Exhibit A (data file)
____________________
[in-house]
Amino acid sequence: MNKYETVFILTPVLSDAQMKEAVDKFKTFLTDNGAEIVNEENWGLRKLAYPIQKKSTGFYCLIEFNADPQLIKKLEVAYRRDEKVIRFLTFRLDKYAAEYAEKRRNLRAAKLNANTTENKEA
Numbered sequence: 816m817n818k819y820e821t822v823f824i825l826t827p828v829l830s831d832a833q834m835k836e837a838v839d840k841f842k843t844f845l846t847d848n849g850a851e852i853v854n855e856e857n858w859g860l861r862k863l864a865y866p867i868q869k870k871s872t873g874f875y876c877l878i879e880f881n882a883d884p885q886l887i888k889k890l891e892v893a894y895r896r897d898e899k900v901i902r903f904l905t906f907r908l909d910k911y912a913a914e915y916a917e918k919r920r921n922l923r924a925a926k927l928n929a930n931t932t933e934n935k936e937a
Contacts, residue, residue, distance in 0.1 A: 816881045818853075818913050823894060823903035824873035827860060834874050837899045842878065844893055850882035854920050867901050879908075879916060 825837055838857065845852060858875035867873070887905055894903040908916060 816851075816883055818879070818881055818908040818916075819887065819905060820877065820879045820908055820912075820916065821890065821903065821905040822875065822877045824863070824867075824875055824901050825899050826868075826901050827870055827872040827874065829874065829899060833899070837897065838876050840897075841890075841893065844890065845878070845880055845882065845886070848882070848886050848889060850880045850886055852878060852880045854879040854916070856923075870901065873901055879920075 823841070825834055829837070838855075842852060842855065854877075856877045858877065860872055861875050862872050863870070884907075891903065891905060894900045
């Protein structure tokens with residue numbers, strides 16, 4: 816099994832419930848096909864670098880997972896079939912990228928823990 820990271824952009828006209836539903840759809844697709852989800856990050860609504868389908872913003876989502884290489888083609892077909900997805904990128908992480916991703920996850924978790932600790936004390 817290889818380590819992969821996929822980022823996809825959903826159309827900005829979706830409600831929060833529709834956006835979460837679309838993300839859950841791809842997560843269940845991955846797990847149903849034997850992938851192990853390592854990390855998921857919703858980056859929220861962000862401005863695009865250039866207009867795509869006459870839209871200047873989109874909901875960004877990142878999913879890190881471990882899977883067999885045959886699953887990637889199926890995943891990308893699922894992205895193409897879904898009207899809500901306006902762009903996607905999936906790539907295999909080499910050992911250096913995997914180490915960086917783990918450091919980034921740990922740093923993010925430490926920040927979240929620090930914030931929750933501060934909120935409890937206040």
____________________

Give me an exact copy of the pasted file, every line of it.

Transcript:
[in-house]
Amino acid sequence: MNKYETVFILTPVLSDAQMKEAVDKFKTFLTDNGAEIVNEENWGLRKLAYPIQKKSTGFYCLIEFNADPQLIKKLEVAYRRDEKVIRFLTFRLDKYAAEYAEKRRNLRAAKLNANTTENKEA
Numbered sequence: 816m817n818k819y820e821t822v823f824i825l826t827p828v829l830s831d832a833q834m835k836e837a838v839d840k841f842k843t844f845l846t847d848n849g850a851e852i853v854n855e856e857n858w859g860l861r862k863l864a865y866p867i868q869k870k871s872t873g874f875y876c877l878i879e880f881n882a883d884p885q886l887i888k889k890l891e892v893a894y895r896r897d898e899k900v901i902r903f904l905t906f907r908l909d910k911y912a913a914e915y916a917e918k919r920r921n922l923r924a925a926k927l928n929a930n931t932t933e934n935k936e937a
Contacts, residue, residue, distance in 0.1 A: 816881045818853075818913050823894060823903035824873035827860060834874050837899045842878065844893055850882035854920050867901050879908075879916060 825837055838857065845852060858875035867873070887905055894903040908916060 816851075816883055818879070818881055818908040818916075819887065819905060820877065820879045820908055820912075820916065821890065821903065821905040822875065822877045824863070824867075824875055824901050825899050826868075826901050827870055827872040827874065829874065829899060833899070837897065838876050840897075841890075841893065844890065845878070845880055845882065845886070848882070848886050848889060850880045850886055852878060852880045854879040854916070856923075870901065873901055879920075 823841070825834055829837070838855075842852060842855065854877075856877045858877065860872055861875050862872050863870070884907075891903065891905060894900045
């Protein structure tokens with residue numbers, strides 16, 4: 816099994832419930848096909864670098880997972896079939912990228928823990 820990271824952009828006209836539903840759809844697709852989800856990050860609504868389908872913003876989502884290489888083609892077909900997805904990128908992480916991703920996850924978790932600790936004390 817290889818380590819992969821996929822980022823996809825959903826159309827900005829979706830409600831929060833529709834956006835979460837679309838993300839859950841791809842997560843269940845991955846797990847149903849034997850992938851192990853390592854990390855998921857919703858980056859929220861962000862401005863695009865250039866207009867795509869006459870839209871200047873989109874909901875960004877990142878999913879890190881471990882899977883067999885045959886699953887990637889199926890995943891990308893699922894992205895193409897879904898009207899809500901306006902762009903996607905999936906790539907295999909080499910050992911250096913995997914180490915960086917783990918450091919980034921740990922740093923993010925430490926920040927979240929620090930914030931929750933501060934909120935409890937206040």